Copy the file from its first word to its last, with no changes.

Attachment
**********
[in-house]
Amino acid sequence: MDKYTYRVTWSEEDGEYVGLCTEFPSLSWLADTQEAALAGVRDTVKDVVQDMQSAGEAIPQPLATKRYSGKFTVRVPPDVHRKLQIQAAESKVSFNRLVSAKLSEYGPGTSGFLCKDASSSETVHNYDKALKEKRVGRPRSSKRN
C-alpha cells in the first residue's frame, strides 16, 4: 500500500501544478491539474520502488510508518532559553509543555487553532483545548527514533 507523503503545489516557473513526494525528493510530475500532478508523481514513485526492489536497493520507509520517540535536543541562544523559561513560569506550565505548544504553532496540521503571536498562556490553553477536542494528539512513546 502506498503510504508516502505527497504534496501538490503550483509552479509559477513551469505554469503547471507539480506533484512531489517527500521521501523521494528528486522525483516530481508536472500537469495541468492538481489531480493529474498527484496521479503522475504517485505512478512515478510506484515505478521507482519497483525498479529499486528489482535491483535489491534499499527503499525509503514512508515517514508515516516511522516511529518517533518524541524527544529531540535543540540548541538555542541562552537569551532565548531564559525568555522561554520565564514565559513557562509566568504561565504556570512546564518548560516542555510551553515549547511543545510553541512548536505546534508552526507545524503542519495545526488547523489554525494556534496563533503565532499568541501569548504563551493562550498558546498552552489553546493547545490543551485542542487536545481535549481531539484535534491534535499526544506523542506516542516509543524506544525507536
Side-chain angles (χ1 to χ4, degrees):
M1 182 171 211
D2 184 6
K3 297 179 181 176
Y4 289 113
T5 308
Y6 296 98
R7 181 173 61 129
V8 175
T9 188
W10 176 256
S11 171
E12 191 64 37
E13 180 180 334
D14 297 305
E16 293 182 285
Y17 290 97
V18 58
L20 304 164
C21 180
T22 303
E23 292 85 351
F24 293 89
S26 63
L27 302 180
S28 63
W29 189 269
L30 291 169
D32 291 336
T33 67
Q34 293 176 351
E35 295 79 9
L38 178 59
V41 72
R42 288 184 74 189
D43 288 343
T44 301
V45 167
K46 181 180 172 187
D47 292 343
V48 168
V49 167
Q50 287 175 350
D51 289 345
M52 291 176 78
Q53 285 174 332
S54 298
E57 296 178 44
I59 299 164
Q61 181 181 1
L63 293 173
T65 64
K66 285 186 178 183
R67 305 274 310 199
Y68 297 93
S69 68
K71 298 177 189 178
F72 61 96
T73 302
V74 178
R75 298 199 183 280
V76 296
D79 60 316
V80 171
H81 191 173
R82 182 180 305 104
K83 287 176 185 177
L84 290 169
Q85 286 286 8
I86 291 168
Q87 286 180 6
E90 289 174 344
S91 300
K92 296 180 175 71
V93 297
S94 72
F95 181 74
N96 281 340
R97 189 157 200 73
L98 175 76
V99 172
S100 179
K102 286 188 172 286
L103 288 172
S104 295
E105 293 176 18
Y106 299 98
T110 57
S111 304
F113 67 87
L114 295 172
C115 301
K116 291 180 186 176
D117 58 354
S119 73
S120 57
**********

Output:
[in-house]
Amino acid sequence: MDKYTYRVTWSEEDGEYVGLCTEFPSLSWLADTQEAALAGVRDTVKDVVQDMQSAGEAIPQPLATKRYSGKFTVRVPPDVHRKLQIQAAESKVSFNRLVSAKLSEYGPGTSGFLCKDASSSETVHNYDKALKEKRVGRPRSSKRN
C-alpha cells in the first residue's frame, strides 16, 4: 500500500501544478491539474520502488510508518532559553509543555487553532483545548527514533 507523503503545489516557473513526494525528493510530475500532478508523481514513485526492489536497493520507509520517540535536543541562544523559561513560569506550565505548544504553532496540521503571536498562556490553553477536542494528539512513546 502506498503510504508516502505527497504534496501538490503550483509552479509559477513551469505554469503547471507539480506533484512531489517527500521521501523521494528528486522525483516530481508536472500537469495541468492538481489531480493529474498527484496521479503522475504517485505512478512515478510506484515505478521507482519497483525498479529499486528489482535491483535489491534499499527503499525509503514512508515517514508515516516511522516511529518517533518524541524527544529531540535543540540548541538555542541562552537569551532565548531564559525568555522561554520565564514565559513557562509566568504561565504556570512546564518548560516542555510551553515549547511543545510553541512548536505546534508552526507545524503542519495545526488547523489554525494556534496563533503565532499568541501569548504563551493562550498558546498552552489553546493547545490543551485542542487536545481535549481531539484535534491534535499526544506523542506516542516509543524506544525507536
Side-chain angles (χ1 to χ4, degrees):
M1 182 171 211
D2 184 6
K3 297 179 181 176
Y4 289 113
T5 308
Y6 296 98
R7 181 173 61 129
V8 175
T9 188
W10 176 256
S11 171
E12 191 64 37
E13 180 180 334
D14 297 305
E16 293 182 285
Y17 290 97
V18 58
L20 304 164
C21 180
T22 303
E23 292 85 351
F24 293 89
S26 63
L27 302 180
S28 63
W29 189 269
L30 291 169
D32 291 336
T33 67
Q34 293 176 351
E35 295 79 9
L38 178 59
V41 72
R42 288 184 74 189
D43 288 343
T44 301
V45 167
K46 181 180 172 187
D47 292 343
V48 168
V49 167
Q50 287 175 350
D51 289 345
M52 291 176 78
Q53 285 174 332
S54 298
E57 296 178 44
I59 299 164
Q61 181 181 1
L63 293 173
T65 64
K66 285 186 178 183
R67 305 274 310 199
Y68 297 93
S69 68
K71 298 177 189 178
F72 61 96
T73 302
V74 178
R75 298 199 183 280
V76 296
D79 60 316
V80 171
H81 191 173
R82 182 180 305 104
K83 287 176 185 177
L84 290 169
Q85 286 286 8
I86 291 168
Q87 286 180 6
E90 289 174 344
S91 300
K92 296 180 175 71
V93 297
S94 72
F95 181 74
N96 281 340
R97 189 157 200 73
L98 175 76
V99 172
S100 179
K102 286 188 172 286
L103 288 172
S104 295
E105 293 176 18
Y106 299 98
T110 57
S111 304
F113 67 87
L114 295 172
C115 301
K116 291 180 186 176
D117 58 354
S119 73
S120 57